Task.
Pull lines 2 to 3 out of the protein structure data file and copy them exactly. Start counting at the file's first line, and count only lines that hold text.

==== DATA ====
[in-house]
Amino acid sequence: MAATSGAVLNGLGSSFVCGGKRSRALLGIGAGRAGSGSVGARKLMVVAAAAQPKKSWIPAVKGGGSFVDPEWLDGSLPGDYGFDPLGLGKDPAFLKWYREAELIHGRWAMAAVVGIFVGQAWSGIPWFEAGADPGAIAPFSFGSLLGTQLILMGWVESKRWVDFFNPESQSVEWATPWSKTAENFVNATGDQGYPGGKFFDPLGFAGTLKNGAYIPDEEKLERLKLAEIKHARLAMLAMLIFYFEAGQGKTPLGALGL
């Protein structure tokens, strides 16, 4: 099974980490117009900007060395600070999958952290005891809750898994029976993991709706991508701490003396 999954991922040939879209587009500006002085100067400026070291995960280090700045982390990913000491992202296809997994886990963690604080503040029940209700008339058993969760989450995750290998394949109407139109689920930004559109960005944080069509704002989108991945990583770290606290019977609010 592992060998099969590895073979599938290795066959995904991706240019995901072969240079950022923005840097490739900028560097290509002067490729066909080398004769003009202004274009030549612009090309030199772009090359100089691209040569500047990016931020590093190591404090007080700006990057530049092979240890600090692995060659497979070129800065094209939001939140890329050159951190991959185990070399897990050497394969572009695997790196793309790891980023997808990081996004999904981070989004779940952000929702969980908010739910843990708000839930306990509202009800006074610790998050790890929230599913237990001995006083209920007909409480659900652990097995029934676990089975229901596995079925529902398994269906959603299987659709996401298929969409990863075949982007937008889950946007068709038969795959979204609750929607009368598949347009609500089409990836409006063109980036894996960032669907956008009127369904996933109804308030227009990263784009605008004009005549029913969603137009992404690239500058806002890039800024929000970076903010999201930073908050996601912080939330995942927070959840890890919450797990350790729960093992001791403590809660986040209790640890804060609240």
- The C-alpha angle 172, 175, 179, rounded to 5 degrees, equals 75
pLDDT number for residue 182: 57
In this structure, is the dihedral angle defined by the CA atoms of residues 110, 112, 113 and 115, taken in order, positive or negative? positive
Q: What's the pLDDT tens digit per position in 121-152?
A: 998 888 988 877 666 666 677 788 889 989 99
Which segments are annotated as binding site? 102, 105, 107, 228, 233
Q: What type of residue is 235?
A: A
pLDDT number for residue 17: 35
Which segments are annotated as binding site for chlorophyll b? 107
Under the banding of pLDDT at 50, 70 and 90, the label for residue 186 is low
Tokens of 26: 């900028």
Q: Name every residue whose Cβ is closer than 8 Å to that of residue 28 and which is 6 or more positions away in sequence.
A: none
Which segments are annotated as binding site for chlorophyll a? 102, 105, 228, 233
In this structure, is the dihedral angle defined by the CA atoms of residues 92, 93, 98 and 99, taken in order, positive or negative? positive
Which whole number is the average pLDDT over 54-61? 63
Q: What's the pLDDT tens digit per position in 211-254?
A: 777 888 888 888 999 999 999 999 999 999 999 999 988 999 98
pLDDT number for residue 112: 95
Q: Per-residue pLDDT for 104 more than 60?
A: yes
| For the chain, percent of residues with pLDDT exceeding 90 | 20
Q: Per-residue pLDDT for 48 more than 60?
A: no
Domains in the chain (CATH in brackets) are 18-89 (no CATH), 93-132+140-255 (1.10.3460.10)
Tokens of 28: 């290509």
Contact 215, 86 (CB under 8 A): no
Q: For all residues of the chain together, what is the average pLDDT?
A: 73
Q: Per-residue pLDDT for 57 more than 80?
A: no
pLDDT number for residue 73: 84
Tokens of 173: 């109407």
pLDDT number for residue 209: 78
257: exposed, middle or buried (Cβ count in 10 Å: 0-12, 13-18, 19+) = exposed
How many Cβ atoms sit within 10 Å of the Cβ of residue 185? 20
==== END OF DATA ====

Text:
Amino acid sequence: MAATSGAVLNGLGSSFVCGGKRSRALLGIGAGRAGSGSVGARKLMVVAAAAQPKKSWIPAVKGGGSFVDPEWLDGSLPGDYGFDPLGLGKDPAFLKWYREAELIHGRWAMAAVVGIFVGQAWSGIPWFEAGADPGAIAPFSFGSLLGTQLILMGWVESKRWVDFFNPESQSVEWATPWSKTAENFVNATGDQGYPGGKFFDPLGFAGTLKNGAYIPDEEKLERLKLAEIKHARLAMLAMLIFYFEAGQGKTPLGALGL
């Protein structure tokens, strides 16, 4: 099974980490117009900007060395600070999958952290005891809750898994029976993991709706991508701490003396 999954991922040939879209587009500006002085100067400026070291995960280090700045982390990913000491992202296809997994886990963690604080503040029940209700008339058993969760989450995750290998394949109407139109689920930004559109960005944080069509704002989108991945990583770290606290019977609010 592992060998099969590895073979599938290795066959995904991706240019995901072969240079950022923005840097490739900028560097290509002067490729066909080398004769003009202004274009030549612009090309030199772009090359100089691209040569500047990016931020590093190591404090007080700006990057530049092979240890600090692995060659497979070129800065094209939001939140890329050159951190991959185990070399897990050497394969572009695997790196793309790891980023997808990081996004999904981070989004779940952000929702969980908010739910843990708000839930306990509202009800006074610790998050790890929230599913237990001995006083209920007909409480659900652990097995029934676990089975229901596995079925529902398994269906959603299987659709996401298929969409990863075949982007937008889950946007068709038969795959979204609750929607009368598949347009609500089409990836409006063109980036894996960032669907956008009127369904996933109804308030227009990263784009605008004009005549029913969603137009992404690239500058806002890039800024929000970076903010999201930073908050996601912080939330995942927070959840890890919450797990350790729960093992001791403590809660986040209790640890804060609240």